IP fragmentation can cause excessive retransmission at the TCP level.
TCP transmits information as a series of segments, and these are the units of acknowledgement and retransmission as well. If a TCP segment is lost in the network, the entire segment has to be retransmitted.
If IP fragmentation occurs, the segment will be split into multiple fragments. The receiving system can't acknowledge a segment until it receives all its fragments.
This means that if a single fragment is lost, the entire segment that it was a part of will need to be retransmitted. To avoid this potential problem, TCP tries to size its segments so they will not need to be fragmented. That way, if a packet is lost, only that packet will have to be retransmitted.
Retransmission generally has a dramatic impact on TCP throughput. The design of TCP assumes that packet loss is usually due to network congestion, and the way to avoid this is to reduce the amount of network bandwidth being used, i.e. slow down transmission. So when segments are lost, we have to resend them (using more network resources) and we slow down. These are both detrimental, so we try to minimize the amount of retransmission.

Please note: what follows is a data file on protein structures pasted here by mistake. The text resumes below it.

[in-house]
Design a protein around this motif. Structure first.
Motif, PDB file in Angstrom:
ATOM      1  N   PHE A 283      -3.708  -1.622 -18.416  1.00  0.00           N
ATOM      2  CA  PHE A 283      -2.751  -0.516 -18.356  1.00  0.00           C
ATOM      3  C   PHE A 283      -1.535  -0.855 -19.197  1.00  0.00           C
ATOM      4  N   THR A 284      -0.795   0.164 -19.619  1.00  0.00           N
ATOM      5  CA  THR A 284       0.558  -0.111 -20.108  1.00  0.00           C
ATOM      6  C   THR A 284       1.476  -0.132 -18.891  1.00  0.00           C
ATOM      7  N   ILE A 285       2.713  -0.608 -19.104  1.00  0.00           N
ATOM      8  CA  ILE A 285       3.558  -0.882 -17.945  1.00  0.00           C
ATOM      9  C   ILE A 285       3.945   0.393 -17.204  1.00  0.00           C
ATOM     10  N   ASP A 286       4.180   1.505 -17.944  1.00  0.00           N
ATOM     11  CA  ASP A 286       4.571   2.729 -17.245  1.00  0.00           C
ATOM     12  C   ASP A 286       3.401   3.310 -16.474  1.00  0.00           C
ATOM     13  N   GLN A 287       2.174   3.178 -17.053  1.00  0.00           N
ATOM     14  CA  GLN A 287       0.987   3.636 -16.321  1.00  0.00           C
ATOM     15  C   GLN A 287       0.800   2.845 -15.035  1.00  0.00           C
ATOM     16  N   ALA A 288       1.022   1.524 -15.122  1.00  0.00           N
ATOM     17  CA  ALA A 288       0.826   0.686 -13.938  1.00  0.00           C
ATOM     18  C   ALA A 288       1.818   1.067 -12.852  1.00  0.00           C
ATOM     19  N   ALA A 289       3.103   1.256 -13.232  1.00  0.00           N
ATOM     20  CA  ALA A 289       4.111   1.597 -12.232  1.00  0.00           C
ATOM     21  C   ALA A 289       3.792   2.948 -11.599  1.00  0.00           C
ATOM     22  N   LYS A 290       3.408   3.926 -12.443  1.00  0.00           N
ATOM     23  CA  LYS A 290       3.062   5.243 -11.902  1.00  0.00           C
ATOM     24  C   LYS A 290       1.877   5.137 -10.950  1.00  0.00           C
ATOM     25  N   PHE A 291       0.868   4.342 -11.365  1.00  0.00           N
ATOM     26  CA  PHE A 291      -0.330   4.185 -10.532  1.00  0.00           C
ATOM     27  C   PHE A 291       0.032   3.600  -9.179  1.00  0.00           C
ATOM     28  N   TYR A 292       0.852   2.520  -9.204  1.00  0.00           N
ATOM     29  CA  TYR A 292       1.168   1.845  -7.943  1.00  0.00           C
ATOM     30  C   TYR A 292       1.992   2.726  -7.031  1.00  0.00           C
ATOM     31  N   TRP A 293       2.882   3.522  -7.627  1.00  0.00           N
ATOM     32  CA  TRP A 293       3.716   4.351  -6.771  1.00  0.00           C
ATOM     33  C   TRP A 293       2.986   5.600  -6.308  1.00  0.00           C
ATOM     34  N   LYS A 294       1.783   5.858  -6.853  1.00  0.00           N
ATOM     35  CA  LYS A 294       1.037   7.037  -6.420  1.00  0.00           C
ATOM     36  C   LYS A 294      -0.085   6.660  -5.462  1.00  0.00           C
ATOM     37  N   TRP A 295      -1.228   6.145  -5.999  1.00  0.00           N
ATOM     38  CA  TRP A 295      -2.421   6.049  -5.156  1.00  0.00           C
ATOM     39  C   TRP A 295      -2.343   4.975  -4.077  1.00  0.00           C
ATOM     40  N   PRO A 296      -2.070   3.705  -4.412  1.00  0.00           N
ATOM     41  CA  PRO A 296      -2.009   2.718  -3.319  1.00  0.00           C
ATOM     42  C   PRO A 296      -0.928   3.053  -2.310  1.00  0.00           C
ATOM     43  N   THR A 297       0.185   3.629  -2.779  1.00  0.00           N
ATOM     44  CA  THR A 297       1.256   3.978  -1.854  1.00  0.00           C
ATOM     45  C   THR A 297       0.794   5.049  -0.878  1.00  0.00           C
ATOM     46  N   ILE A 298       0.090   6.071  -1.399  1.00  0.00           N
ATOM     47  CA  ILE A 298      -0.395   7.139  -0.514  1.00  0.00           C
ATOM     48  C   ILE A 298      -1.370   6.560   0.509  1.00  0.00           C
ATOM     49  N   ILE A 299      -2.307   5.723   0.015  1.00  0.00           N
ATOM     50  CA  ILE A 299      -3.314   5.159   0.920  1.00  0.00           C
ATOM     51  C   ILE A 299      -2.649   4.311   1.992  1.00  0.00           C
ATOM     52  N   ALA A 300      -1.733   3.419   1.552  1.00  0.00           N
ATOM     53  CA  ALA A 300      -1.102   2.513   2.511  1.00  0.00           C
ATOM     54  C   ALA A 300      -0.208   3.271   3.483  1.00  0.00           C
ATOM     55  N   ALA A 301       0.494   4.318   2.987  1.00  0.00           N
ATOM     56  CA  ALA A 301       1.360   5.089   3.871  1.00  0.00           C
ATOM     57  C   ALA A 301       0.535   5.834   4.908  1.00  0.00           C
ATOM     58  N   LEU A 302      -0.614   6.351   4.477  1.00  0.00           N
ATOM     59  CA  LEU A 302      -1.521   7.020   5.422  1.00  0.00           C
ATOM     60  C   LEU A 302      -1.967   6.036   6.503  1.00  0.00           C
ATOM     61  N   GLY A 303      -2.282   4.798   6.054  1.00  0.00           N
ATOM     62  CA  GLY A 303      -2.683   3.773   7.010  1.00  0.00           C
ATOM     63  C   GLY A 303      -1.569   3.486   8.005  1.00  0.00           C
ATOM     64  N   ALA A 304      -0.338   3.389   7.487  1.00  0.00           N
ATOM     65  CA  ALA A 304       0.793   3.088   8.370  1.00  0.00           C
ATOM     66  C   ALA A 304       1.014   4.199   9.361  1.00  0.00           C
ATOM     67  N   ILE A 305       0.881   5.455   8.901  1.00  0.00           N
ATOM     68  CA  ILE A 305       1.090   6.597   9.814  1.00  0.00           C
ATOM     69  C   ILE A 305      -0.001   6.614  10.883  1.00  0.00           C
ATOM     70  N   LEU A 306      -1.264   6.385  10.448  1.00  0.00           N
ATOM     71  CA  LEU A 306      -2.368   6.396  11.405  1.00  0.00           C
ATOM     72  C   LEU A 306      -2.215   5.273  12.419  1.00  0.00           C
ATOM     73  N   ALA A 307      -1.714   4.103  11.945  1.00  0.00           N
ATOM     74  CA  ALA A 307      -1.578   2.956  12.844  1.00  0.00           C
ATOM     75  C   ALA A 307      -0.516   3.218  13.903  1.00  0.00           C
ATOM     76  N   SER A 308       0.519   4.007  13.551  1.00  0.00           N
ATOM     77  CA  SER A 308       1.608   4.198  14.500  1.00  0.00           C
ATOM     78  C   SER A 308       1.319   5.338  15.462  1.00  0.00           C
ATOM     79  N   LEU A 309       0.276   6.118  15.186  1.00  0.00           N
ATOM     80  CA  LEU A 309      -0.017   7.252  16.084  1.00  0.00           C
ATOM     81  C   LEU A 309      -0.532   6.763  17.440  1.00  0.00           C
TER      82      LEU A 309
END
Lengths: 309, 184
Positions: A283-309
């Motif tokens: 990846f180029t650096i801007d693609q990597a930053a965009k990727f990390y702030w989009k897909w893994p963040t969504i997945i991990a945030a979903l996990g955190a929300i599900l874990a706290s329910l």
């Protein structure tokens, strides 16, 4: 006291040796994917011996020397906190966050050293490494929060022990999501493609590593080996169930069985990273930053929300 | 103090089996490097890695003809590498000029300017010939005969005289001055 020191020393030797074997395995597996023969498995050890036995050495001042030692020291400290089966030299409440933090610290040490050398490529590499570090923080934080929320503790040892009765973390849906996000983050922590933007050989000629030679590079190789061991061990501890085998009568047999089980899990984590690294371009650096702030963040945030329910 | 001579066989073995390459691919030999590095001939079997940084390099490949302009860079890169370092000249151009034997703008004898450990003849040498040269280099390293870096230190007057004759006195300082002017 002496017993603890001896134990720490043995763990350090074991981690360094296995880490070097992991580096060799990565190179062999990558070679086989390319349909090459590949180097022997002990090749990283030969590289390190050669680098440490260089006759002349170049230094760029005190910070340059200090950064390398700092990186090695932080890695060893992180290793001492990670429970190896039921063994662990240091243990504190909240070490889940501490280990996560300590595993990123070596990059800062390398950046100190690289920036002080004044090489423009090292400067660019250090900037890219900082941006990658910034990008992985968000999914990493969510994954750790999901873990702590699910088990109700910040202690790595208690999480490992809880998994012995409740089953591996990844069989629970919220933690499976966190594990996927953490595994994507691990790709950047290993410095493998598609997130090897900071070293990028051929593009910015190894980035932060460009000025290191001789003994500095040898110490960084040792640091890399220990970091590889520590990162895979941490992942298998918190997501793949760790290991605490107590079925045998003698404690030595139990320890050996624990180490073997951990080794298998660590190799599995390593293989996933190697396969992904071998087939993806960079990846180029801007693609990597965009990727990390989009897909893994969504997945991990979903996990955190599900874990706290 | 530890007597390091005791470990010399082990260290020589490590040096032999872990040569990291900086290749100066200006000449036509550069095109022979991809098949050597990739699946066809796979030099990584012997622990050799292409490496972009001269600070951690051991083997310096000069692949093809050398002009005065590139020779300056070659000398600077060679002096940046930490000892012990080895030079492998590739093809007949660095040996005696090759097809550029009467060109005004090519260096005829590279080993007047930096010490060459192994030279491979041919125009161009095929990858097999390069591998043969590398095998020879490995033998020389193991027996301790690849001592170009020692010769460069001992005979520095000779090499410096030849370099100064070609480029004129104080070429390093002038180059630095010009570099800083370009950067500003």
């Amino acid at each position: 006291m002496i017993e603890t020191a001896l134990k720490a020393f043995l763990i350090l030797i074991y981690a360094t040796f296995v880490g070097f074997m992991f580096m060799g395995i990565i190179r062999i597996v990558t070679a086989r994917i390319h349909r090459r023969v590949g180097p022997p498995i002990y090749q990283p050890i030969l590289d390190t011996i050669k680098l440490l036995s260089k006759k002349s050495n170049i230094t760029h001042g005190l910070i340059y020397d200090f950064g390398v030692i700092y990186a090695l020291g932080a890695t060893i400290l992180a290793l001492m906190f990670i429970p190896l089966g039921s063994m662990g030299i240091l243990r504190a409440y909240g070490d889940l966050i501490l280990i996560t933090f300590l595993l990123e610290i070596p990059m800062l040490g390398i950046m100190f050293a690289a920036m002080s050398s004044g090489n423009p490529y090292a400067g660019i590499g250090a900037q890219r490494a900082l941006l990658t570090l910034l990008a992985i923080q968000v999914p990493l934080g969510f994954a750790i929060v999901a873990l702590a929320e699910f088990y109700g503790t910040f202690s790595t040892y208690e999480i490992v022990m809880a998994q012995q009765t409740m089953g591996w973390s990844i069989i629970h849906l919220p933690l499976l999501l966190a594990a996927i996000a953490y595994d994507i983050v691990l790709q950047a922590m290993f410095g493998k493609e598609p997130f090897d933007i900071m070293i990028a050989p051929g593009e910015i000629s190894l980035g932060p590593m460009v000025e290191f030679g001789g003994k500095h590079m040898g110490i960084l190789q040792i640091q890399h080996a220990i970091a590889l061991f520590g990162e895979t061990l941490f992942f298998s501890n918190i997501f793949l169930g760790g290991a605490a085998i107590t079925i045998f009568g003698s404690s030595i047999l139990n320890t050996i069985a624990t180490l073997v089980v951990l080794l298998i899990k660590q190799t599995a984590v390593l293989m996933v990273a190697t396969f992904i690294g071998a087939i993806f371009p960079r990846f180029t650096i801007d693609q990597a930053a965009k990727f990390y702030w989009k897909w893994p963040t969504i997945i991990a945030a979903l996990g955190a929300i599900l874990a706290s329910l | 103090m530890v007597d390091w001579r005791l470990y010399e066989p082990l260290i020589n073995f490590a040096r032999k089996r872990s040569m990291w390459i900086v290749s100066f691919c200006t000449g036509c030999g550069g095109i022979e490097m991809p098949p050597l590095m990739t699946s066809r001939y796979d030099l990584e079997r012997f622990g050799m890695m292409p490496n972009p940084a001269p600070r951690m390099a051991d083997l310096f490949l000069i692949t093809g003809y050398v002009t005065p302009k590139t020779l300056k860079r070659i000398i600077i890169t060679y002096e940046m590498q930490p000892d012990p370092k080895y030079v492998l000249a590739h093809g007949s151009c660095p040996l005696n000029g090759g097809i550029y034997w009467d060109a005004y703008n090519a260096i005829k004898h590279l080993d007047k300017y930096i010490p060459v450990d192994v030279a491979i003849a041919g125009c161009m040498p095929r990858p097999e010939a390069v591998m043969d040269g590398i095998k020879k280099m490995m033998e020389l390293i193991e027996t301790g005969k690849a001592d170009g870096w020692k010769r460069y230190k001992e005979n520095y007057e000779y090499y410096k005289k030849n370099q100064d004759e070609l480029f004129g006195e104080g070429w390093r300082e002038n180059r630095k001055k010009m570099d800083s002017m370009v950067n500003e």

Making the segment size equal to the Path MTU (minus the TCP and IP header lengths) makes it less likely that a segment will need to be retransmitted. Imagine that 1 out of 100 packets is lost. If each packet is just one segment, it means we only retransmit 1% of segments. But if fragmentation is causing segments to be split into an average of 5 packets, we'll retransmit 5% of segments.